“But this unique investment, as it is used today, is not an actual currency. And while the British were the first to issue the Royal Currency, today almost every government in the world has its own profitable version.”

And apparently the returns have been dramatic, particularly during times of inflation:

“In fact, during the 1970s, many Royal Currency investments went up by as much as 1,000%. I’m sure I don’t have to tell you that with all the money printing our government has been doing, we’re very likely to have very high inflation in the years to come.

And even in non-inflationary times, the government-created Royal Currency does extremely well. A different index created by a private firm shows that this unique investment has gained 209% since 1998.”

There is at least one little disconnect here — apparently there is the government-related “royal currency” out there, but the way to get it with the “never goes down” guarantee is privately sold …

“You can make an investment in the Royal Currency that is guaranteed to Never Go Down….

“I have located the best Royal Currency broker in the world. They have been in business since – get this – 1856. That’s more than 150 years….

… when you make a Royal Currency investment with this brokerage, you will receive a written contract that guarantees you cannot lose money over the next five years. In other words, the worst you can do is break even. I believe you could double your money, easily – you could possibly make 250% or more. Remember, during the 1970s, this investment went up about 1,000%. ”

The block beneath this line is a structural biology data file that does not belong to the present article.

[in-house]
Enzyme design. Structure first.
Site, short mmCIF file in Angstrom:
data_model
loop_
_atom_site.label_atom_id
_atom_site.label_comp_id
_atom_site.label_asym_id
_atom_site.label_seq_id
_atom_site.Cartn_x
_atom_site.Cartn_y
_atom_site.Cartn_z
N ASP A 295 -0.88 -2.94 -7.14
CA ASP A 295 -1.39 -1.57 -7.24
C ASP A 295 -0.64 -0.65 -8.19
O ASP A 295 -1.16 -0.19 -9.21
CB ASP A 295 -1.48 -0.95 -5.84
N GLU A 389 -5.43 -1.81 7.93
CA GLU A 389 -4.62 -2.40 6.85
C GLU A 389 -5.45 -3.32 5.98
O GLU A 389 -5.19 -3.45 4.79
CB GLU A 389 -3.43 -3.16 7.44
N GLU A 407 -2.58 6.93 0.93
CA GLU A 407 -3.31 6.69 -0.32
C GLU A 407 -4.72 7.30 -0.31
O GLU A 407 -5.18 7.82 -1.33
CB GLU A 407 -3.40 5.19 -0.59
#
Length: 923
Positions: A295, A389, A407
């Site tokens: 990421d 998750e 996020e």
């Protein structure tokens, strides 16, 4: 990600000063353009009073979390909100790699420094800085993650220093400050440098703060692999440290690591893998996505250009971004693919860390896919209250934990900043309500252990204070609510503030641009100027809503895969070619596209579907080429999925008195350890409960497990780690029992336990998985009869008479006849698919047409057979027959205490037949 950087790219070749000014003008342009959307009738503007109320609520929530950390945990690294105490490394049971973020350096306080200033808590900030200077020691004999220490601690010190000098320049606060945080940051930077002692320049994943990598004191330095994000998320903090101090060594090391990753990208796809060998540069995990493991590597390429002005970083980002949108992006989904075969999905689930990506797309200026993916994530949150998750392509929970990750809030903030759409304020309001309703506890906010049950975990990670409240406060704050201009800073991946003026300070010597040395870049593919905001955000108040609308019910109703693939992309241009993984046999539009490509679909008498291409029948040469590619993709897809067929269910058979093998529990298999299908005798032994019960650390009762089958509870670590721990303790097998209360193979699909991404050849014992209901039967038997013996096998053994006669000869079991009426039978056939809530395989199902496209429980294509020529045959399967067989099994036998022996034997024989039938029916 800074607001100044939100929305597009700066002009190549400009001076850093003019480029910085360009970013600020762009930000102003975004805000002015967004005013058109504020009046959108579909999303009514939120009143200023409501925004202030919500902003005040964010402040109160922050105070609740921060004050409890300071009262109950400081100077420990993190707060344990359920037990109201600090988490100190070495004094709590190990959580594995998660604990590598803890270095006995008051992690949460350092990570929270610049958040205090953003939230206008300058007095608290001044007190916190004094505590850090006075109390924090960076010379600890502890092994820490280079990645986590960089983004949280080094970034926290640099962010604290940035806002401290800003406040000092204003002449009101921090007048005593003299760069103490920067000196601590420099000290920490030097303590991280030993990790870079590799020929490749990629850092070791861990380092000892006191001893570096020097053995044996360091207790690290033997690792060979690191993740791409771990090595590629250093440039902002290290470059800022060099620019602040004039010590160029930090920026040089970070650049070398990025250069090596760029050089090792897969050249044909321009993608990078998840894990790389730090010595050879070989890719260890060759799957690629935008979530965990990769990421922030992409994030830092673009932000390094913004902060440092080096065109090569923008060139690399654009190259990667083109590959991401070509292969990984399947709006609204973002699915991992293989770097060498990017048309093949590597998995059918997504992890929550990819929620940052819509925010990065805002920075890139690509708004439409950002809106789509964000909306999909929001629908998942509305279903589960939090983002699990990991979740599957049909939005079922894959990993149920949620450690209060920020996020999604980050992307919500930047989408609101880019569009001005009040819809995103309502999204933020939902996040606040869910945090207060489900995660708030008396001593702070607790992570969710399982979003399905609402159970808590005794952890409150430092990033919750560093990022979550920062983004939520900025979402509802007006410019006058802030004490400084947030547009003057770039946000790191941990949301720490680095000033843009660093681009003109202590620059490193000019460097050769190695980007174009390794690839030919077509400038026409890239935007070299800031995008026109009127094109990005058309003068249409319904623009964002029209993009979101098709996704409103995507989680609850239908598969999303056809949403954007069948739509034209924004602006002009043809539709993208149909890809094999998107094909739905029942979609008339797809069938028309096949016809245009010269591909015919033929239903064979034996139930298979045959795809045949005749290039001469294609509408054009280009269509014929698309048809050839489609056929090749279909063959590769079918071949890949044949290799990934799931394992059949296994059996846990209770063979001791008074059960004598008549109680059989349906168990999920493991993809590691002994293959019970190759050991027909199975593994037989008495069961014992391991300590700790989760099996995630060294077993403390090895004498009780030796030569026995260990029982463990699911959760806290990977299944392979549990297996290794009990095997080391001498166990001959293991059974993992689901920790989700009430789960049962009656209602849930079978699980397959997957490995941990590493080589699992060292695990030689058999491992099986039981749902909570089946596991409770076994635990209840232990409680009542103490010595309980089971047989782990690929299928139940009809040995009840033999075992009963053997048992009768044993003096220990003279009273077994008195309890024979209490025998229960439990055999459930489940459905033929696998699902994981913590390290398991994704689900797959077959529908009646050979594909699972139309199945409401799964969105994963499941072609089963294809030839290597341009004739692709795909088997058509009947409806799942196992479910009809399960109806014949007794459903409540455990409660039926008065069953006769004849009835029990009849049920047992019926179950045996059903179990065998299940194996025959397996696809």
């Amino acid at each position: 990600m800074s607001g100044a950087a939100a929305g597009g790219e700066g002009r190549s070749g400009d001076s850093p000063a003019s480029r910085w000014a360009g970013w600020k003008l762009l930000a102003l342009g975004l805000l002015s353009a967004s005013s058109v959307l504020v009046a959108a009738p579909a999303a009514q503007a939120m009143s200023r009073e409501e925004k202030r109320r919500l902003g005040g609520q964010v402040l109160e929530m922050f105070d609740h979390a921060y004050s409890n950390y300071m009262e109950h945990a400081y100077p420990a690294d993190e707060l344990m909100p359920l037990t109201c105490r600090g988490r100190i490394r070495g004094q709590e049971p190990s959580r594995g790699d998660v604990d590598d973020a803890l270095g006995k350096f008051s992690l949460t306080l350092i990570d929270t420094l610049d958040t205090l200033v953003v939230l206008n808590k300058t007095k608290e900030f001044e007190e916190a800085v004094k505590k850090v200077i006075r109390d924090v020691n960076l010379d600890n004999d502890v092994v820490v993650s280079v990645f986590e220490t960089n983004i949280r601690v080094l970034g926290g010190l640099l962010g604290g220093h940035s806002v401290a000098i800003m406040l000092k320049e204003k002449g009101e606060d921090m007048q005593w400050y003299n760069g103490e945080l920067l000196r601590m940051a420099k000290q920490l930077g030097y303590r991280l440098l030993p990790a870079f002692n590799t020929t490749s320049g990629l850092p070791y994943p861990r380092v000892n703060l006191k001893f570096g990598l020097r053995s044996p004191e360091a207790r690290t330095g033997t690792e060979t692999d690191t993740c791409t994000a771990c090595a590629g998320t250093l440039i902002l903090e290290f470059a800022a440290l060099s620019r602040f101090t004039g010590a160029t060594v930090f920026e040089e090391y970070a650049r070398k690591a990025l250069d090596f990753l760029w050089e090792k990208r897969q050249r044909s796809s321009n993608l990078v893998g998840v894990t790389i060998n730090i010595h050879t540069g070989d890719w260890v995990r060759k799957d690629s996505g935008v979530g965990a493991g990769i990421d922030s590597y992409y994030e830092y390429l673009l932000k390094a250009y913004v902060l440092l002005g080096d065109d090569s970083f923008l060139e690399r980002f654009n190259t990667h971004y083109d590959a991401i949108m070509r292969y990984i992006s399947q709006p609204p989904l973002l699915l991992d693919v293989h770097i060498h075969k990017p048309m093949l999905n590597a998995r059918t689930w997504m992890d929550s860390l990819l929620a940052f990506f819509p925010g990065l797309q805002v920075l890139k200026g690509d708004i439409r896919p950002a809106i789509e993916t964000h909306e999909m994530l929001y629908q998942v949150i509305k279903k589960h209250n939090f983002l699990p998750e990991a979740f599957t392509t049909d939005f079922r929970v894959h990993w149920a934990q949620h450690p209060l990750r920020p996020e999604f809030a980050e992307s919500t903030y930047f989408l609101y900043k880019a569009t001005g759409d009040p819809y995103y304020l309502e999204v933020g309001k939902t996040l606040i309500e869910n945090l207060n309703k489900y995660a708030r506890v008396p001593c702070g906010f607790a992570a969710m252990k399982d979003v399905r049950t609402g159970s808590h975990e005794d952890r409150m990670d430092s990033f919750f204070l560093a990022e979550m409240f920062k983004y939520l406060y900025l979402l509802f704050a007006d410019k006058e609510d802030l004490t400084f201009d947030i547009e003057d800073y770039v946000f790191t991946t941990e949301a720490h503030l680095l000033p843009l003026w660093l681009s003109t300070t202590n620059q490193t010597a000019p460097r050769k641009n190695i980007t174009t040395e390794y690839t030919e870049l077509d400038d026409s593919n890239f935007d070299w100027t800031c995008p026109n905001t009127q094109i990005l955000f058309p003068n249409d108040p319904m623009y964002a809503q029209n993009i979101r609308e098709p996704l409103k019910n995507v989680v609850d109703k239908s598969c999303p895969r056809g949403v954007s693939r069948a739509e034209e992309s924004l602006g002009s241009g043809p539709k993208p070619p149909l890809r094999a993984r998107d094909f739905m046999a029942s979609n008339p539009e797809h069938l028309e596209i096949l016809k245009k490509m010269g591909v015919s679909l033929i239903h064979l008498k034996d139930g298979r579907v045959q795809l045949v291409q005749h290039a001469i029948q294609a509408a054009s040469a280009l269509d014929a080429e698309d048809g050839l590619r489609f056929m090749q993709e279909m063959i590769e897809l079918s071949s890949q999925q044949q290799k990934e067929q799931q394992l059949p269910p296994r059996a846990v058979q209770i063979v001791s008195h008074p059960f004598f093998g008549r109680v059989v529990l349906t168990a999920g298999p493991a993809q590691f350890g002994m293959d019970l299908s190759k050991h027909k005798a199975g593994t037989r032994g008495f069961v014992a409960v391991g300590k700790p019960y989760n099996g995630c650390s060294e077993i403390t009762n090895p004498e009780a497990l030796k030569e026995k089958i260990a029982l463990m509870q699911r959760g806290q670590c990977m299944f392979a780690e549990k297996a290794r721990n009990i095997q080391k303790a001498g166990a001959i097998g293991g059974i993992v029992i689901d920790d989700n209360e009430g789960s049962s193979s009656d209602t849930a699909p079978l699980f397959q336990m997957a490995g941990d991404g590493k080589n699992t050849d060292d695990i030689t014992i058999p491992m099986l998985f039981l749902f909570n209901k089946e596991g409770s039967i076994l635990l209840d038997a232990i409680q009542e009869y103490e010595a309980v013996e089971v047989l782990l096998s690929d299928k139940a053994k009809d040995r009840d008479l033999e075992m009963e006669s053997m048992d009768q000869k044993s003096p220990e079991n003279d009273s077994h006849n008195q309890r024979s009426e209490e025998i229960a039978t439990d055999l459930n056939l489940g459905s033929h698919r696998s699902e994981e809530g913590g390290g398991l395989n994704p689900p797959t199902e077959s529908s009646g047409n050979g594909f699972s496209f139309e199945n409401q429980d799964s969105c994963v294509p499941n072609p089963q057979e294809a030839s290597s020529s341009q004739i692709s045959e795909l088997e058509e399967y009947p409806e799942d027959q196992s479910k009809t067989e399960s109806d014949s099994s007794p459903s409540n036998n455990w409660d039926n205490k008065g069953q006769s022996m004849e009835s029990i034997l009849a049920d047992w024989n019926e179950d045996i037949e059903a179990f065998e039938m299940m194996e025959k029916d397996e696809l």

Which, frankly, has the Thinkolator stumped — it’s been churning and smoking over there in the corner for a good half hour, and nothing definitive is leaking out into the results bin.

So we’re left to speculate — my guess? Well, I can’t give you promises of accuracy here like I usually try to do (I generally don’t reveal a stock as a teaser solution unless I’m 99% sure it’s a match — and more typically we’re 100% certain), but here’s what I think:

For the broker that’s been around since 1856, we have a couple choices but the logical guess is Credit-Suisse, which is the only big investment bank that I know of that was founded in that year. As to the investment? Again, I don’t really know on this one — but it sounds a lot like the various market-indexed certificates of deposit that are available. And there was an article in an April, 2010 issue of the Wall Street Journal that talked up these products, though they’ve also been covered in previous articles in that paper (they were pretty popular when the market was crashing and folks were looking for downside protection in 2008 and 2009).

Here’s that article on market-linked CDs from the April 5, 2010 WSJ. They’re not issued by governments, though they do carry FDIC insurance in most cases so they are government-related. Doesn’t really sound like a great match for the “royal currency” bit, but that’s the best I can do right now. And here’s a bit more about these types of CDs from an older WSJ article.